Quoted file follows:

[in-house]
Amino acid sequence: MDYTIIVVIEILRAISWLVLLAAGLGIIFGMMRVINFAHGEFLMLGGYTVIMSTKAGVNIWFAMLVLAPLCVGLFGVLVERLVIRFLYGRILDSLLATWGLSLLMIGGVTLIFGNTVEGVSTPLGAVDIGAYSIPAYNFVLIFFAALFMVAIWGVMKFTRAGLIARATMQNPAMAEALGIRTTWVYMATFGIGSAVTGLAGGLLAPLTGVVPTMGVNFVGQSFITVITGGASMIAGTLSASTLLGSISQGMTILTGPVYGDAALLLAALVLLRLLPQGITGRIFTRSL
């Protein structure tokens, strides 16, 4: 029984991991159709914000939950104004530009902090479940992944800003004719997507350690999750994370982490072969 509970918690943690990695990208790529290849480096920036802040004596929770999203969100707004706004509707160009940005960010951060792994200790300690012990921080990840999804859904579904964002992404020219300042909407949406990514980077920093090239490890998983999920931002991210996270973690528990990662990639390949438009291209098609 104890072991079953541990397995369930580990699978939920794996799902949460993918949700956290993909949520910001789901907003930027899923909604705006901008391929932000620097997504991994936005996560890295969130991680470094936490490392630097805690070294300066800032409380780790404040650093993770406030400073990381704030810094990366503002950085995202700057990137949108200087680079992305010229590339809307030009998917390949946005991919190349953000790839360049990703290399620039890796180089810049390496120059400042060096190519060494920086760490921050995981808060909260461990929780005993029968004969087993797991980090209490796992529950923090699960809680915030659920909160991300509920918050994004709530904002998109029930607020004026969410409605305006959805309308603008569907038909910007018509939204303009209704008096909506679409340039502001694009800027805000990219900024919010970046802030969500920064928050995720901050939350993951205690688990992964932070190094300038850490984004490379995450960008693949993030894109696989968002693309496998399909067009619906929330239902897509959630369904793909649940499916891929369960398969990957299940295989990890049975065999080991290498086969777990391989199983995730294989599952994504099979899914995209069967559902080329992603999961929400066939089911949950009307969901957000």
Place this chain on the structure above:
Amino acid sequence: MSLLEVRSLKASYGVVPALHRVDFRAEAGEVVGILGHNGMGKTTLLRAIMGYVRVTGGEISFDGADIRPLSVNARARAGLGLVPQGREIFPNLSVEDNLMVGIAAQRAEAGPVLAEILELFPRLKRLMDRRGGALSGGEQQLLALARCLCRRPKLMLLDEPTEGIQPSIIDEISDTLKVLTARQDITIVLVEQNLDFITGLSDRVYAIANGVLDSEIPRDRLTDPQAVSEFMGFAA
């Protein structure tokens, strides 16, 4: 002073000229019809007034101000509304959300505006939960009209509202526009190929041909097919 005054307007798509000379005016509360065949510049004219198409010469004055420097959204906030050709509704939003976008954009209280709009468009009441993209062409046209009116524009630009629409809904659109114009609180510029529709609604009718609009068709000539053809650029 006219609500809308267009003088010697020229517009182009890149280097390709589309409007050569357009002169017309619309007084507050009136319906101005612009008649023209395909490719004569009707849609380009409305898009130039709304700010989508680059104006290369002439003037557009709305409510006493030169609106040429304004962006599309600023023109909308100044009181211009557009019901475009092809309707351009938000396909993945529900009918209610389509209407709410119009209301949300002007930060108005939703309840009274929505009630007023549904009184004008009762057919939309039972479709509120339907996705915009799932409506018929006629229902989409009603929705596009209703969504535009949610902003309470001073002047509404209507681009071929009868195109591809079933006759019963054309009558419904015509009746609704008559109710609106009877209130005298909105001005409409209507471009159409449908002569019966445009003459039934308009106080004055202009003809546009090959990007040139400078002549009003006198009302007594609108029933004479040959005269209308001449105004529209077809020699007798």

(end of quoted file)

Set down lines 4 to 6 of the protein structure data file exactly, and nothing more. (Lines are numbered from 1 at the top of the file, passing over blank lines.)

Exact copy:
Place this chain on the structure above:
Amino acid sequence: MSLLEVRSLKASYGVVPALHRVDFRAEAGEVVGILGHNGMGKTTLLRAIMGYVRVTGGEISFDGADIRPLSVNARARAGLGLVPQGREIFPNLSVEDNLMVGIAAQRAEAGPVLAEILELFPRLKRLMDRRGGALSGGEQQLLALARCLCRRPKLMLLDEPTEGIQPSIIDEISDTLKVLTARQDITIVLVEQNLDFITGLSDRVYAIANGVLDSEIPRDRLTDPQAVSEFMGFAA
């Protein structure tokens, strides 16, 4: 002073000229019809007034101000509304959300505006939960009209509202526009190929041909097919 005054307007798509000379005016509360065949510049004219198409010469004055420097959204906030050709509704939003976008954009209280709009468009009441993209062409046209009116524009630009629409809904659109114009609180510029529709609604009718609009068709000539053809650029 006219609500809308267009003088010697020229517009182009890149280097390709589309409007050569357009002169017309619309007084507050009136319906101005612009008649023209395909490719004569009707849609380009409305898009130039709304700010989508680059104006290369002439003037557009709305409510006493030169609106040429304004962006599309600023023109909308100044009181211009557009019901475009092809309707351009938000396909993945529900009918209610389509209407709410119009209301949300002007930060108005939703309840009274929505009630007023549904009184004008009762057919939309039972479709509120339907996705915009799932409506018929006629229902989409009603929705596009209703969504535009949610902003309470001073002047509404209507681009071929009868195109591809079933006759019963054309009558419904015509009746609704008559109710609106009877209130005298909105001005409409209507471009159409449908002569019966445009003459039934308009106080004055202009003809546009090959990007040139400078002549009003006198009302007594609108029933004479040959005269209308001449105004529209077809020699007798």